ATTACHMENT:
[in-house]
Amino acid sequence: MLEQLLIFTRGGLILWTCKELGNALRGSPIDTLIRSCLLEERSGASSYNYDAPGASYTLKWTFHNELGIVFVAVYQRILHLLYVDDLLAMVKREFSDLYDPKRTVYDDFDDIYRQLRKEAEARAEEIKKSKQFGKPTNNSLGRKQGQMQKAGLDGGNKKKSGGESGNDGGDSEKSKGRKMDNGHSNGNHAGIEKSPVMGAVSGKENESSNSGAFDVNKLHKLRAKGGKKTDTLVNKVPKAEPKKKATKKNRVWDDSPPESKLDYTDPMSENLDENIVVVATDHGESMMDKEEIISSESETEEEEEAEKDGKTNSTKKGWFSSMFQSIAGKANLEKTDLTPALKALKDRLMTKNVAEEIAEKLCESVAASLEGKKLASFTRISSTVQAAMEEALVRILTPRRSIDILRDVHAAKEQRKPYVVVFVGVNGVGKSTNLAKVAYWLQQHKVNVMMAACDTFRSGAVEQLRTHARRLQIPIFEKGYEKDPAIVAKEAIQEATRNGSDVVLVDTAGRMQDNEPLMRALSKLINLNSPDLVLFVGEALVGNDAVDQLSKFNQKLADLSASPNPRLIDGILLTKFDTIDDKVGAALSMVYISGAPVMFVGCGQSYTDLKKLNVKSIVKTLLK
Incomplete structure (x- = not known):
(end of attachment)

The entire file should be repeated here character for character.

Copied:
[in-house]
Amino acid sequence: MLEQLLIFTRGGLILWTCKELGNALRGSPIDTLIRSCLLEERSGASSYNYDAPGASYTLKWTFHNELGIVFVAVYQRILHLLYVDDLLAMVKREFSDLYDPKRTVYDDFDDIYRQLRKEAEARAEEIKKSKQFGKPTNNSLGRKQGQMQKAGLDGGNKKKSGGESGNDGGDSEKSKGRKMDNGHSNGNHAGIEKSPVMGAVSGKENESSNSGAFDVNKLHKLRAKGGKKTDTLVNKVPKAEPKKKATKKNRVWDDSPPESKLDYTDPMSENLDENIVVVATDHGESMMDKEEIISSESETEEEEEAEKDGKTNSTKKGWFSSMFQSIAGKANLEKTDLTPALKALKDRLMTKNVAEEIAEKLCESVAASLEGKKLASFTRISSTVQAAMEEALVRILTPRRSIDILRDVHAAKEQRKPYVVVFVGVNGVGKSTNLAKVAYWLQQHKVNVMMAACDTFRSGAVEQLRTHARRLQIPIFEKGYEKDPAIVAKEAIQEATRNGSDVVLVDTAGRMQDNEPLMRALSKLINLNSPDLVLFVGEALVGNDAVDQLSKFNQKLADLSASPNPRLIDGILLTKFDTIDDKVGAALSMVYISGAPVMFVGCGQSYTDLKKLNVKSIVKTLLK
Incomplete structure (x- = not known):